La Scena Musicale

Saturday, February 14, 2009

This Week in Toronto (Feb.14-20)

The big event in classical music in Toronto this week is the appearance of pianist Radu Lupu at Roy Thomson Hall, for two performances (Feb. 12 and 14 8 pm) in Beethoven Piano Concerto No. 3, conducted by Peter Oundjian. Also on the program is Stravinsky's Scherzo fantastique and Rachmaninoff Symphonic Dances. Beethoven No. 3 has appeared frequently in Lupu's program, ever since he won the top prize in Leeds in 1969 with this work. I did not attend the first show but I understand it was very well received, as expected of course, by the audience. Given the economic downturn, concert attendance has been soft lately, but the hall was near capacity, a credit to his drawing power. You can catch the second performance this evening.

On the operatic front, be sure to catch Fidelio (Feb. 15, 18) and Rusalka (Feb. 14, 17, 20) if you haven't already, at the Four Seasons Performing Arts Centre. I went back to see Fidelio a second time on Feb. 12, to hear Richard Margison taking on Florestan. His attack on the opening "Gott!" in his Dungeon Aria was completely pianissimo, without the typical crescendo - it makes for a very interesting effect. He sang very well and received a well deserved ovation at the end. Soprano Adrianne Pieczonka continues her very lyrical Leonore, full of womanly warmth and gleaming tone. Mats Almgren blew me away with his magnificent black bass, and I was particularly impressed with the totally convincing (vocally and dramatically) Marzelline of Virgina Hatfield. This Fidelio is not to be missed.

It doesn't get a lot of press, but the COC has a wonderful free concert series. On Thursday Feb. 19, the COC Ensemble Studeio artists will give a noon hour concert of Czech arias and songs by Dvorak, Smetana, Janacek and Fibich, under the direction of Liz Upchurch. The Richard Bradshaw Amphitheatre is not large, so if you want to get in, do show up at least 45 minutes early to line up.

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Wednesday, February 11, 2009

Decca: The word from Herbert Breslin

Here's a comment from Herbert Breslin:
Let's face it. The thrust of Decca's promotion, marketing, and publicity never materialized from London. For many years I was responsible for the public relations careers of Luciano Pavarotti, Joan Sutherland, Alicia de Laroccha, early Marilyn Horne and later Georg Solti. Without what my office accomplished, not one of these artists would have made the important, powerhouse career they did.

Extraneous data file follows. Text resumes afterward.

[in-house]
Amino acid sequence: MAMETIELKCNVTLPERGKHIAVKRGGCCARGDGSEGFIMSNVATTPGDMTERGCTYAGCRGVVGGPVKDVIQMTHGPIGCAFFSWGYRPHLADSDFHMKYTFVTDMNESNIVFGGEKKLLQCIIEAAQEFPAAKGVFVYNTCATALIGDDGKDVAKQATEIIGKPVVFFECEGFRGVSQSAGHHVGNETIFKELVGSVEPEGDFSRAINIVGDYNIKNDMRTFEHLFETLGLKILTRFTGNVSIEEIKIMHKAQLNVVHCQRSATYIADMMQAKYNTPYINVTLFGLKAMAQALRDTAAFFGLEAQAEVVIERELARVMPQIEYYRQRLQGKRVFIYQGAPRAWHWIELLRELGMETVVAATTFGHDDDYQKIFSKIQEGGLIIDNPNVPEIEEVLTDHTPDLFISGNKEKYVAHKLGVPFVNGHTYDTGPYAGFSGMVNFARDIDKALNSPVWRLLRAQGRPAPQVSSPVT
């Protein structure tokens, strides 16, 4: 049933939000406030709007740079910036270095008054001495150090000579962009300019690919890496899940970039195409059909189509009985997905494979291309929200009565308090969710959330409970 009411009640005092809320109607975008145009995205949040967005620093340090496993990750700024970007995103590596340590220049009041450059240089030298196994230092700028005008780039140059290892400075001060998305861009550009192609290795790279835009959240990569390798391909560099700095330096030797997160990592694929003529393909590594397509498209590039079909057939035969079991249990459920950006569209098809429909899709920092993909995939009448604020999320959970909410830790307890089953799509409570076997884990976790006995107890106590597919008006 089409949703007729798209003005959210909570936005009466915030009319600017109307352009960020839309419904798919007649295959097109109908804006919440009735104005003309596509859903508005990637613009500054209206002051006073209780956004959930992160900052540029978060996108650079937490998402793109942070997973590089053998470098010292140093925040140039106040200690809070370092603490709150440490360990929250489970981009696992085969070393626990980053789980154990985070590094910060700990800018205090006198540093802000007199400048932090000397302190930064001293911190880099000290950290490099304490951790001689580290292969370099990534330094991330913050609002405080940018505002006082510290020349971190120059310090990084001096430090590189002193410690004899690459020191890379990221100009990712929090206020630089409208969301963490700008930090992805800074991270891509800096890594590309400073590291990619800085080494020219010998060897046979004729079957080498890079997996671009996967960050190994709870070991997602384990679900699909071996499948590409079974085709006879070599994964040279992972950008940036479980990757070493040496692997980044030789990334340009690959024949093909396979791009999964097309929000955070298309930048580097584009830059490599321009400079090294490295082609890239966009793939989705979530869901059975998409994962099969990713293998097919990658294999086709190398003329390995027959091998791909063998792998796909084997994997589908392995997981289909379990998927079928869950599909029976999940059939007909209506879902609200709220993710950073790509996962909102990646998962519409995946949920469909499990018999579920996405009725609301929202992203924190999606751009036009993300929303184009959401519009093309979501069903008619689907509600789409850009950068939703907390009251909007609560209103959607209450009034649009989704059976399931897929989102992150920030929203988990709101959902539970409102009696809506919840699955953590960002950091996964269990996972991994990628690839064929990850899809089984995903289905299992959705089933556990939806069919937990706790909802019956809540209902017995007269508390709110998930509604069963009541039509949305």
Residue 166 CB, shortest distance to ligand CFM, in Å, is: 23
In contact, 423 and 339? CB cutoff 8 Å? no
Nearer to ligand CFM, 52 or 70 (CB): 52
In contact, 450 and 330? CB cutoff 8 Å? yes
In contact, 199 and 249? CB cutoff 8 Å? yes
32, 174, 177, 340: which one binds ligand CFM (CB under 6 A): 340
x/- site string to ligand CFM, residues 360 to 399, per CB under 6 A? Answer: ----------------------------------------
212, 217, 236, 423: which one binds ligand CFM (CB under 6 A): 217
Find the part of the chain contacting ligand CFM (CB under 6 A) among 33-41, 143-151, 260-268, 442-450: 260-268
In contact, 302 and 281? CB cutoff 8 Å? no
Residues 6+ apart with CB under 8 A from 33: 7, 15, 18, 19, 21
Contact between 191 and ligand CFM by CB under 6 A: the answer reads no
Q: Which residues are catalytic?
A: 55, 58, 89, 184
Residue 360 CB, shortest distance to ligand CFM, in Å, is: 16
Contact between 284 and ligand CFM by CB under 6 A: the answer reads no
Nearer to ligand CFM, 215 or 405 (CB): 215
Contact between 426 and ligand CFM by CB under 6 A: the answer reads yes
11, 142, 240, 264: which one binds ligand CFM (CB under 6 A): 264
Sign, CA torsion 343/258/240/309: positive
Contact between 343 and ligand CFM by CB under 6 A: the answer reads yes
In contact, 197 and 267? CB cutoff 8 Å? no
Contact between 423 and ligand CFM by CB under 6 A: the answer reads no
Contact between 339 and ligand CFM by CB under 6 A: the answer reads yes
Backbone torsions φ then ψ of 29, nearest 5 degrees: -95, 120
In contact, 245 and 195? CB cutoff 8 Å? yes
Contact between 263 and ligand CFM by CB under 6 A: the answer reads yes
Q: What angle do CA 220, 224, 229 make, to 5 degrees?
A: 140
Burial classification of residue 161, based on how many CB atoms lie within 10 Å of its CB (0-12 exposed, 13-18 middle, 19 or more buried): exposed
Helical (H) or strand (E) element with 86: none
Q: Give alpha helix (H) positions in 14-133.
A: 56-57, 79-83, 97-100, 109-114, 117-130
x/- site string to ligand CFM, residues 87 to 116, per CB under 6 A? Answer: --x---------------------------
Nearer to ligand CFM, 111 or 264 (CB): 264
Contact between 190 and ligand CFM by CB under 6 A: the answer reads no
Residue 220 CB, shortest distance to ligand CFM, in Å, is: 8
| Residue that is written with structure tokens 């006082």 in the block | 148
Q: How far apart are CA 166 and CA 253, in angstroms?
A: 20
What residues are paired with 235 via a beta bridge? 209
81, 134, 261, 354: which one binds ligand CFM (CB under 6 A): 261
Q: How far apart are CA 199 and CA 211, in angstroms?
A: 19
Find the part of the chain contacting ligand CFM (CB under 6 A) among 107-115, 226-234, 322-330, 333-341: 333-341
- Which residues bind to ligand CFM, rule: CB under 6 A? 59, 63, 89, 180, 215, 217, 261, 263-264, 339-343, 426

True, Decca produced the records and they were extraordinary. But the what then was taken over by me. Without the work by me as well as the work of important colleagues such as Edgar Vincent, Cynthia Robbins, among others, Decca Records would never have dominated the US marketing, Billboard charts and sales. 
Herbert Breslin
Norman Lebrecht adds:
Herbert's right, of course. So long as Decca was an independent, self-standing label, it made good records and employed a range of people, in-house and out, to promote them. Terry McEwen, who effectively created classical Decca in the US and invented the phenomenon Pavarotti (against some opposition from London), was the mind behind this strategy. See Herb's book for more, and mine.
Once Decca came under corporate control, these publicity skills withered. One of the so-called 'efficiency' arguments for gathering labels under one big roof is that centralised marketing will cost less and sow benefits across the board. Universal has given the lie to that.
Instead of records being driven by the excited imaginations of artists and producers, all big-budget projects at Universal arose from the whim of a corporate executive, serving some inarticulate policy paper that first got him the job. That's the tragedy of Decca, and so much else in the dying sector. Classical records could have survived a while longer as a cottage industry at Decca, Philips, Erato, Teldec and more. It's the corps that killed them.

Source: Artsjournal

Tuesday, February 10, 2009

Met in HD: Lucia di Lammermoor

Soprano Anna Netrebko as Metropolitan Opera's Lucia di Lammermoor

(photo: Ken Howard)

The Met in HD telecast of Donizetti's Lucia di Lammermoor was one of the most anticipated events of this opera season. Dubbed the "Dream Pair" by the German-Austrian press, Russian soprano Anna Netrebko and Mexican tenor Rolando Villazon have captured the imagination of the opera public, to a greater degree than even the "premiere stage couple" Angela Gheorghiu and Roberto Alagna. Never mind that Netrebko and Villazon are married/attached to other people, opera buffs lapped up morsels of rumours about their potential romantic attachments, even though such rumours were likely the products of their respective publicists or overzealous recording executives! In any case, any performance starring AN and RV guarantees a sold out house. The pregnancy of Netrebko by Uruguayan baritone Erwin Schrott last year finally silenced the gossip columns. Their return to the Met this season marked her first since giving birth last September, and his first since suffering a much publicized vocal crisis. So all the stars were seemingly aligned for the operatic event of the season.